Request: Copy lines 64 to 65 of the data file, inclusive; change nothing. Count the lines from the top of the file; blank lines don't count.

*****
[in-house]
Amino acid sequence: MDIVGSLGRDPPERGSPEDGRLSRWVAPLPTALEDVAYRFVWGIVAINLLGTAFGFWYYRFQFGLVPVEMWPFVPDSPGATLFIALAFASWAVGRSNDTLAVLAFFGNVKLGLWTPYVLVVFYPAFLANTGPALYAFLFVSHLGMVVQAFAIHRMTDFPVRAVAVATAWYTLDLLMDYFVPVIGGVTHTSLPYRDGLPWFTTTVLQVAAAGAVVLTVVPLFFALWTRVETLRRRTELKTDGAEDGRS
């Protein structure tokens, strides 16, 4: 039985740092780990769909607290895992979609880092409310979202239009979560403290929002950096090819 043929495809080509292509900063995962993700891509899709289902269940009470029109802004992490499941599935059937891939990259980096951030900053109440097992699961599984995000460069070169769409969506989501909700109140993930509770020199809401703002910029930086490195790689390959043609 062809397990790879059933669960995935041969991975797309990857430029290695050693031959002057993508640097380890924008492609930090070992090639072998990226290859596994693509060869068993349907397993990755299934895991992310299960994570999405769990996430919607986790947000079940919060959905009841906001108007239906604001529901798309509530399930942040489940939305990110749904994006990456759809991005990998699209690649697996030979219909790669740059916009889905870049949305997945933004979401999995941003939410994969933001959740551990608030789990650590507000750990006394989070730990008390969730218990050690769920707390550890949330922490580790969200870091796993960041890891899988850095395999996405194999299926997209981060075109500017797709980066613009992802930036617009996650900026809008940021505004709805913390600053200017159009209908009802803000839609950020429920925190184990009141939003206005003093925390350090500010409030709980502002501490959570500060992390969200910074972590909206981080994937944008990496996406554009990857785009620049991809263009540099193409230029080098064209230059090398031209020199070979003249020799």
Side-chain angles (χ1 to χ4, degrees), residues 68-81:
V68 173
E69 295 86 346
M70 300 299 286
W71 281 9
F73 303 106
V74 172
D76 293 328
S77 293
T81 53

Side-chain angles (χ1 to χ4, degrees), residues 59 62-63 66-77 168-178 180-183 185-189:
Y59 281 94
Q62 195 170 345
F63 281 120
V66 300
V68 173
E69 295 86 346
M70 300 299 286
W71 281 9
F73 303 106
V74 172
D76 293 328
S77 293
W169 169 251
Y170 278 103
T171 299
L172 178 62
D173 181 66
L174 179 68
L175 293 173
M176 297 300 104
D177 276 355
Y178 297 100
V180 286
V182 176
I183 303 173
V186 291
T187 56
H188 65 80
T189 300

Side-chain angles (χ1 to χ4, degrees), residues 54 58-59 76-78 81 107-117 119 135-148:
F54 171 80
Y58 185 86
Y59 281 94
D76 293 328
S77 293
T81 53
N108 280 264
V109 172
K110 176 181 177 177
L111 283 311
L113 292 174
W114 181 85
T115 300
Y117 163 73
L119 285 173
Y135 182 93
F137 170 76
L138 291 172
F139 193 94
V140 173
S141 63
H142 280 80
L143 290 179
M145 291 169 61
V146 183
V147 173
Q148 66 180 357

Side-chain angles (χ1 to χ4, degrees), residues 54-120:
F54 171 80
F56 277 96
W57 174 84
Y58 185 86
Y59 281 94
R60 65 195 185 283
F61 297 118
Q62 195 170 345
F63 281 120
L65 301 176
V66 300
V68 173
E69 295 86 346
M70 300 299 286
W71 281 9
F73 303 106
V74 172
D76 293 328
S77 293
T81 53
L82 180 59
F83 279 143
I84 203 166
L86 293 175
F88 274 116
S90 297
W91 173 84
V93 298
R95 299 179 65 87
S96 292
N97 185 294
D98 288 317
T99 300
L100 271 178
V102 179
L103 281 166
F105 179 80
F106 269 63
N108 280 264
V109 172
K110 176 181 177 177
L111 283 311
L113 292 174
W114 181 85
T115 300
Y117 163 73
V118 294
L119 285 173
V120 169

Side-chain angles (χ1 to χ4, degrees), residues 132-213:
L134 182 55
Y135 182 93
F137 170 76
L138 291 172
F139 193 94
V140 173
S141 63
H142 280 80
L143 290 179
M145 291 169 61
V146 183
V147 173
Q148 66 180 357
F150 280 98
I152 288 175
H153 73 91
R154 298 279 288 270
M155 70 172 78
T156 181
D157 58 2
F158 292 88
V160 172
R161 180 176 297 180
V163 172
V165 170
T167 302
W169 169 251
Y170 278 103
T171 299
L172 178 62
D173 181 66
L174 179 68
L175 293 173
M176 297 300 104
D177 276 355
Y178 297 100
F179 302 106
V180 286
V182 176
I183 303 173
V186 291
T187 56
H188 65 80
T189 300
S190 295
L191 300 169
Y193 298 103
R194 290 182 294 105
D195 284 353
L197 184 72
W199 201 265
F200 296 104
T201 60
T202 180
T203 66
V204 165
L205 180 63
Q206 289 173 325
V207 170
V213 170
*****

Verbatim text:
V140 173
S141 63